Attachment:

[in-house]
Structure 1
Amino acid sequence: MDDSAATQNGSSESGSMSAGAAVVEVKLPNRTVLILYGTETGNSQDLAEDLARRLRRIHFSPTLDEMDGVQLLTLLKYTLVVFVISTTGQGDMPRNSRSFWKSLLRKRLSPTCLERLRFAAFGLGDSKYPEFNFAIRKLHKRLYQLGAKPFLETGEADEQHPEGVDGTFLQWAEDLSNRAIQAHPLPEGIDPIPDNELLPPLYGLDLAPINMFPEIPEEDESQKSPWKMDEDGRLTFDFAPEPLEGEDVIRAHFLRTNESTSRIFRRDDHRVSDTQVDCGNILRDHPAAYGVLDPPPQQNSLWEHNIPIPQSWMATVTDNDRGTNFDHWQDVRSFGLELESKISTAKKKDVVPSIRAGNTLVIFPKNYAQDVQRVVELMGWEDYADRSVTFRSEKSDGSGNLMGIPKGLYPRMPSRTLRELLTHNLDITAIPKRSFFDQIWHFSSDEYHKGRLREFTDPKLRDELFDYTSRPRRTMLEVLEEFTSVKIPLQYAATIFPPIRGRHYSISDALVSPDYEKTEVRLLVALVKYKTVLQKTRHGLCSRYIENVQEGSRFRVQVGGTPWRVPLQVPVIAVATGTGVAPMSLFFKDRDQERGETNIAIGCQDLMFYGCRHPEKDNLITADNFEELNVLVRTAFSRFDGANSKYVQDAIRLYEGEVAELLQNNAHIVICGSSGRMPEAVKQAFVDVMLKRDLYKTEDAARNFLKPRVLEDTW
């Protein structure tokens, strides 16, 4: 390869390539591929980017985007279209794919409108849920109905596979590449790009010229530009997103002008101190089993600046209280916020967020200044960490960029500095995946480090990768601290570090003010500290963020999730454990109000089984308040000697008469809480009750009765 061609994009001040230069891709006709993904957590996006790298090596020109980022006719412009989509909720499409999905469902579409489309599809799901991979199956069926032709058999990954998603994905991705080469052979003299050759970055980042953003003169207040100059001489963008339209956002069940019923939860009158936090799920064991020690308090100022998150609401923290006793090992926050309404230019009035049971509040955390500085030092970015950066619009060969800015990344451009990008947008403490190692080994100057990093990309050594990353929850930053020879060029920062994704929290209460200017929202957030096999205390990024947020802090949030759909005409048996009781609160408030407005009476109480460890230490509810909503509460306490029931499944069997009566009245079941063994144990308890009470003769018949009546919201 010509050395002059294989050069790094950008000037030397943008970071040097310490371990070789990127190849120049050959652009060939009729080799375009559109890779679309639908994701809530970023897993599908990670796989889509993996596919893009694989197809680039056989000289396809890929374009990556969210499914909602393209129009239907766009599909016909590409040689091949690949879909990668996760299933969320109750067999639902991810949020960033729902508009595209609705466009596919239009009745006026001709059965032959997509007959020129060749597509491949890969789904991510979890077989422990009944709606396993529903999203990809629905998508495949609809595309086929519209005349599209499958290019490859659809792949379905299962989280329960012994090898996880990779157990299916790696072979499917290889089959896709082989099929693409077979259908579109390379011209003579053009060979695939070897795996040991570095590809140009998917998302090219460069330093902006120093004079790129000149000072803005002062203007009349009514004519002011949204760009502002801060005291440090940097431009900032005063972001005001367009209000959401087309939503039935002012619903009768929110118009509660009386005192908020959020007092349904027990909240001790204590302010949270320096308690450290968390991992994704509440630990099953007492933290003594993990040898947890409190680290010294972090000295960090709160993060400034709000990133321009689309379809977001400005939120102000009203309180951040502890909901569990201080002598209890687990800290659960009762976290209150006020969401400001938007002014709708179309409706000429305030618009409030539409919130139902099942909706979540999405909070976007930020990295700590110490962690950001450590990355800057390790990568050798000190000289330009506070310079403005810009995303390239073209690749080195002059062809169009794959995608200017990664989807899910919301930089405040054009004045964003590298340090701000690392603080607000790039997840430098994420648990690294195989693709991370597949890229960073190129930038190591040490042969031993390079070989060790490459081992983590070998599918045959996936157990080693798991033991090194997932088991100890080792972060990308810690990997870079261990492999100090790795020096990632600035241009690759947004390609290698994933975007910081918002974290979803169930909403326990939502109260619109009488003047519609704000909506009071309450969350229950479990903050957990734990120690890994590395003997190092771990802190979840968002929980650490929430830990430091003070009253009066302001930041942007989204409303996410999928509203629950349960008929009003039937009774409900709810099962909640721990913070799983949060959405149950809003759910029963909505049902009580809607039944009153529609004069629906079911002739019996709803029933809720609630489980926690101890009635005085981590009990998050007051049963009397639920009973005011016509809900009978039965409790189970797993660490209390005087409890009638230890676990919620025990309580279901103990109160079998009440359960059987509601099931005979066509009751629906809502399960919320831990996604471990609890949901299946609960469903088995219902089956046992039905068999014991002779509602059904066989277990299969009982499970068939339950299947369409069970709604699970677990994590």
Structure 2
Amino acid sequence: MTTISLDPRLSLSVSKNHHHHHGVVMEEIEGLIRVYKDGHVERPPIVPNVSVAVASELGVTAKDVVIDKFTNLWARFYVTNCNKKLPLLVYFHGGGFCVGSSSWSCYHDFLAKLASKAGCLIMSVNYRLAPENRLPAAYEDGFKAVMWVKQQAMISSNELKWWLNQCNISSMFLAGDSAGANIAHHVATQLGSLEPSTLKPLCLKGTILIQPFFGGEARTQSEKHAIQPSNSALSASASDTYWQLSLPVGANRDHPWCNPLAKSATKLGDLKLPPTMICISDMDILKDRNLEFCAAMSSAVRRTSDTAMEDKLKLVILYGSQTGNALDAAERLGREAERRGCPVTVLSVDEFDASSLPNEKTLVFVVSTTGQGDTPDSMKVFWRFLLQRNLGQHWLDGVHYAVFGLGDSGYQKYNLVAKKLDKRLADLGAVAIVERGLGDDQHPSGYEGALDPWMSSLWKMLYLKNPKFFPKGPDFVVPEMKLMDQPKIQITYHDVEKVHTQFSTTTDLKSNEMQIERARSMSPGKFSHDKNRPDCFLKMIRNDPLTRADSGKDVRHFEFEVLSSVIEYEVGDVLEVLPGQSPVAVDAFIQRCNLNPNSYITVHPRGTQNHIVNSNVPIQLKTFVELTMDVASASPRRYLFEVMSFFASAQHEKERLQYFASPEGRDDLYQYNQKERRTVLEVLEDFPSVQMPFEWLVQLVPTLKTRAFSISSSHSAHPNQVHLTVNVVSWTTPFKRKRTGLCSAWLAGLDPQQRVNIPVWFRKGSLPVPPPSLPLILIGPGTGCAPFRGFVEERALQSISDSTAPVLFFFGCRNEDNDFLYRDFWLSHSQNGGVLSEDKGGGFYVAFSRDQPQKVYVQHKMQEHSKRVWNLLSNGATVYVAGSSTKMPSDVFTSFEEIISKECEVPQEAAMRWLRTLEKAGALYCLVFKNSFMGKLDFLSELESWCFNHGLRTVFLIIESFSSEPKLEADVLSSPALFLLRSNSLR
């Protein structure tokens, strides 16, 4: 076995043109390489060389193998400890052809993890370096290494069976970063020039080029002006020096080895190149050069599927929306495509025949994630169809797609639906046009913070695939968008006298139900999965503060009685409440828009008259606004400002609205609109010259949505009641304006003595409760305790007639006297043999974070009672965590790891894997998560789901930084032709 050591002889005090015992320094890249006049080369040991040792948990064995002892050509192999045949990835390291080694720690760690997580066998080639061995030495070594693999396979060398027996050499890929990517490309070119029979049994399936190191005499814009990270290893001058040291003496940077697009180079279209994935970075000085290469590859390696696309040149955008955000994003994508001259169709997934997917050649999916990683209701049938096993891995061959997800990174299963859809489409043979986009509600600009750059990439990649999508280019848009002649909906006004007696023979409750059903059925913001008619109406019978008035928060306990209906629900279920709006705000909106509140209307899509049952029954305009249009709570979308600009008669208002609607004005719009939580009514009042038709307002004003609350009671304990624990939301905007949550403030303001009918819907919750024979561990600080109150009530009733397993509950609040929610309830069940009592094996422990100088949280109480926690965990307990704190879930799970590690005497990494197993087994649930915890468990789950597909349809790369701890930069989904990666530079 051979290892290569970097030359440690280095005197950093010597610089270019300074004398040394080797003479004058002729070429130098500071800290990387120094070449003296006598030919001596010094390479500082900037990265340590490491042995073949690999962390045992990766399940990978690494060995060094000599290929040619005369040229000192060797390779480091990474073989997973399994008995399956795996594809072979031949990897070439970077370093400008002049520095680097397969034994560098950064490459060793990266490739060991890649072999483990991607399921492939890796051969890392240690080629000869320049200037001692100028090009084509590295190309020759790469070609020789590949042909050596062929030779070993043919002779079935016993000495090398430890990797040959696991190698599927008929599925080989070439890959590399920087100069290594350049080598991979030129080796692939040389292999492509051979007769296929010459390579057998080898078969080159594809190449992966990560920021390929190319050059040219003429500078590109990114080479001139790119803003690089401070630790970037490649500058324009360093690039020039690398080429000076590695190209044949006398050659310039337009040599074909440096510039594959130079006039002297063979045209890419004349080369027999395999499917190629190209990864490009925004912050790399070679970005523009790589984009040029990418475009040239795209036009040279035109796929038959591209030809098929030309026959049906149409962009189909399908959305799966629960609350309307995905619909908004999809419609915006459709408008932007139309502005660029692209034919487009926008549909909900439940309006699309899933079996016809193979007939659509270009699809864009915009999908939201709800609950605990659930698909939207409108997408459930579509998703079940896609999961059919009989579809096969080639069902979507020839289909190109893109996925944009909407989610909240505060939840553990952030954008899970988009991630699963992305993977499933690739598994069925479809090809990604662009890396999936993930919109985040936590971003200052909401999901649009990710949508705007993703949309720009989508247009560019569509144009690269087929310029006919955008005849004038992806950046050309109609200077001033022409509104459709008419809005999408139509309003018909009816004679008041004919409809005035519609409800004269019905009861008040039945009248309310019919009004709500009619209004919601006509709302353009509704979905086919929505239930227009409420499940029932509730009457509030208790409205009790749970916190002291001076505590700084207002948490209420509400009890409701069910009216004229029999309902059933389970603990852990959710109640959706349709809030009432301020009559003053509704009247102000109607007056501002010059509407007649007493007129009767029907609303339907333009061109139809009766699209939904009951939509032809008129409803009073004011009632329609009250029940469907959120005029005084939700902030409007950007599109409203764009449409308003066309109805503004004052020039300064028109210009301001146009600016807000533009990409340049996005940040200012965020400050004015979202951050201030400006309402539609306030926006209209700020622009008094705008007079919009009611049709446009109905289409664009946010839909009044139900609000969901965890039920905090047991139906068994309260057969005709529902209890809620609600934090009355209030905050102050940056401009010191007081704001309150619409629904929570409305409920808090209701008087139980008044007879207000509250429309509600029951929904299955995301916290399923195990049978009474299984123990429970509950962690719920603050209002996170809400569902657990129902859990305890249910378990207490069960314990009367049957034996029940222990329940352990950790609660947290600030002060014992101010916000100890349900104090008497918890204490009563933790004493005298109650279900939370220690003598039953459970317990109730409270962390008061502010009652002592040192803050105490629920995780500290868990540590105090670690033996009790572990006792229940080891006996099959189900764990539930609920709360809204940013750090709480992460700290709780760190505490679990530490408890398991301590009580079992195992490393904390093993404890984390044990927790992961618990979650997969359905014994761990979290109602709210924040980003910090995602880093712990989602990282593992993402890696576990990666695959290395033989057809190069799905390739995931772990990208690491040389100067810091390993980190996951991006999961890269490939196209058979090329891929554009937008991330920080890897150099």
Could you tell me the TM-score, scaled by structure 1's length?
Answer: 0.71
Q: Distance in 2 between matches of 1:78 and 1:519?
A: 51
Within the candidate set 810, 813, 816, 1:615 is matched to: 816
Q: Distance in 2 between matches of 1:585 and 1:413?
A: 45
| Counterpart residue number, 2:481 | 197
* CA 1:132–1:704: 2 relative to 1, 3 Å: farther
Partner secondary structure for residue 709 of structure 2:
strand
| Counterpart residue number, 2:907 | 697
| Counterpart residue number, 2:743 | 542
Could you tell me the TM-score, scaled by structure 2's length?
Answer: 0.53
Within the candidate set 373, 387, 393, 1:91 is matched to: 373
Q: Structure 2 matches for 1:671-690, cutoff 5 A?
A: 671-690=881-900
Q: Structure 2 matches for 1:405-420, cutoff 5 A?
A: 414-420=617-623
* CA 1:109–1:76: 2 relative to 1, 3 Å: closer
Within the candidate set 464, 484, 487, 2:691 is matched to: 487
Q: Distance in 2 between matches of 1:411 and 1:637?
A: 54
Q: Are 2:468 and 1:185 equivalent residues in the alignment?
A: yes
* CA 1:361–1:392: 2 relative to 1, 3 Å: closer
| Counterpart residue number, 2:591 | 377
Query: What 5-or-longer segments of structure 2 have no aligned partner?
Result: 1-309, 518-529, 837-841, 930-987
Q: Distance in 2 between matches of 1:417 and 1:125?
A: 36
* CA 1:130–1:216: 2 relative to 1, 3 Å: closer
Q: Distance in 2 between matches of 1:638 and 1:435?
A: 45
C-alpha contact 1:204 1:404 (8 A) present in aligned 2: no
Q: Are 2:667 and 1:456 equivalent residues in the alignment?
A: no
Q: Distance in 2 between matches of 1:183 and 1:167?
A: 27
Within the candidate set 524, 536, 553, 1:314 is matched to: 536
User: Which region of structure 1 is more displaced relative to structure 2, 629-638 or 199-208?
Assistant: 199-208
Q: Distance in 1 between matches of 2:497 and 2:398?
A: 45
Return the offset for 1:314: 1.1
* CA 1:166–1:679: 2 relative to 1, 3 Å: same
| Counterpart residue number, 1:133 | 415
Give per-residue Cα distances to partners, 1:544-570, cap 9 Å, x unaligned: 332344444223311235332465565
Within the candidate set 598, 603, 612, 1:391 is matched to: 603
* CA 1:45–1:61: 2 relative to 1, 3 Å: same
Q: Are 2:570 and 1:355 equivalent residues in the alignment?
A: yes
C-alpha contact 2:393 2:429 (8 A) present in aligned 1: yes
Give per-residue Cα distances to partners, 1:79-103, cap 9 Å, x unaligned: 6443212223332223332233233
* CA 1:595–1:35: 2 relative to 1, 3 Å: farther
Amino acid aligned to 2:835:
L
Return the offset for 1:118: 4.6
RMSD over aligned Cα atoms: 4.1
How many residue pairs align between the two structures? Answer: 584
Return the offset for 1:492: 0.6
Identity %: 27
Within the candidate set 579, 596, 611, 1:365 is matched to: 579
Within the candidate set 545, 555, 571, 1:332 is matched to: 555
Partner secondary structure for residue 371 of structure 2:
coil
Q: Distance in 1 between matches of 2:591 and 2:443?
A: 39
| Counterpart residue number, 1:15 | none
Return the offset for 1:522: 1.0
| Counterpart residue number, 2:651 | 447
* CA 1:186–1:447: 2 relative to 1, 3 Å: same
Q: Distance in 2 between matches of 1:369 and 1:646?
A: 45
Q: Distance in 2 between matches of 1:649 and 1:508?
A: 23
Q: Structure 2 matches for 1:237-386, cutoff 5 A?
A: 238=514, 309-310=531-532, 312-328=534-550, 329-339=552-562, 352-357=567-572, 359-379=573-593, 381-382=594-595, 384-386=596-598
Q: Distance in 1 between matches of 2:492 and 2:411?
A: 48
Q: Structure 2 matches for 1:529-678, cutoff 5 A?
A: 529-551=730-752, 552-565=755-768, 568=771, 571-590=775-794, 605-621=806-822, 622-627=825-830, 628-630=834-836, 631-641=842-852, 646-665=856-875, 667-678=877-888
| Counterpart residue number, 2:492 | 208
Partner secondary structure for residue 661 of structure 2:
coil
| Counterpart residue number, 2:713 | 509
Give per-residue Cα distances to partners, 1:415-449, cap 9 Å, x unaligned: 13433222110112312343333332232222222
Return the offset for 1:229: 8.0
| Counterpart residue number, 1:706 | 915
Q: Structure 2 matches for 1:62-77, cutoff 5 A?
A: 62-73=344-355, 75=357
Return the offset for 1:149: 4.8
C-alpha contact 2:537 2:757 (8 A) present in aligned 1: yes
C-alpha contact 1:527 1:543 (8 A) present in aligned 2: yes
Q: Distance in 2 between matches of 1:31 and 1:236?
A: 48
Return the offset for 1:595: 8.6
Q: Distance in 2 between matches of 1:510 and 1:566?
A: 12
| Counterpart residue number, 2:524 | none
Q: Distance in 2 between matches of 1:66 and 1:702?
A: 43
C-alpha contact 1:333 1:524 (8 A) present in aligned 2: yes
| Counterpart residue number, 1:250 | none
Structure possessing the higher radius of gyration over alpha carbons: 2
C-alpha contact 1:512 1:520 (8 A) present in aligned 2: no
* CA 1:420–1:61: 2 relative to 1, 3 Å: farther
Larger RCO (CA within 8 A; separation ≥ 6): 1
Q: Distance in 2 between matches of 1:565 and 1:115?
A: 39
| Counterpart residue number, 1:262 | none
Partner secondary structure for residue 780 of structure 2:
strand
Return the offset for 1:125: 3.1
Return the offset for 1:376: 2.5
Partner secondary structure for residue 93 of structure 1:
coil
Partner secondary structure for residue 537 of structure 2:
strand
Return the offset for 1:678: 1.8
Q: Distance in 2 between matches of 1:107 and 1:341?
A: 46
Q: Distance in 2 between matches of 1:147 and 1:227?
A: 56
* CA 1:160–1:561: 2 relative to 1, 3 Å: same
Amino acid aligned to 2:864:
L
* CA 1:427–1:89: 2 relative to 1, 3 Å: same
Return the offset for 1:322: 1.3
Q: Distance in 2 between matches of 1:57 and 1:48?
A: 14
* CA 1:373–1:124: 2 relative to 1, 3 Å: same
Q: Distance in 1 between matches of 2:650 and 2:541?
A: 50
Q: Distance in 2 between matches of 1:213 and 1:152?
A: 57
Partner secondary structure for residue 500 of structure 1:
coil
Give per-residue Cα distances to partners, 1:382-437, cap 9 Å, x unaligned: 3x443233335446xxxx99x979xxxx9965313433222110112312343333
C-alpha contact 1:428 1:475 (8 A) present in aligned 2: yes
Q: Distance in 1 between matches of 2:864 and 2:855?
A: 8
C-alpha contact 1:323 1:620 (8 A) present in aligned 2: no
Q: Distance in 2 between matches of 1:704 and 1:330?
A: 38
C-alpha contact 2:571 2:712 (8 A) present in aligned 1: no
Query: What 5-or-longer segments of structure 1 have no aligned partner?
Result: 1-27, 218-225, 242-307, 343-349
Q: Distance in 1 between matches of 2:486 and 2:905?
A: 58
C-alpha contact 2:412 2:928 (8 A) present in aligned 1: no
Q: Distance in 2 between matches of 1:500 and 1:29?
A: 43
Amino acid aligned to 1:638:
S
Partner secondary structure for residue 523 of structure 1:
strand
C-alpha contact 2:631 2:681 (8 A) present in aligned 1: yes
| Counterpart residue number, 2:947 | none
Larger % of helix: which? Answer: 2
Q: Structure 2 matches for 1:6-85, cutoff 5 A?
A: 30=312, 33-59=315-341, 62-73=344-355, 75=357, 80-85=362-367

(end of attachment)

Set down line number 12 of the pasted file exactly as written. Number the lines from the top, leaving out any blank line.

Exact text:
Within the candidate set 810, 813, 816, 1:615 is matched to: 816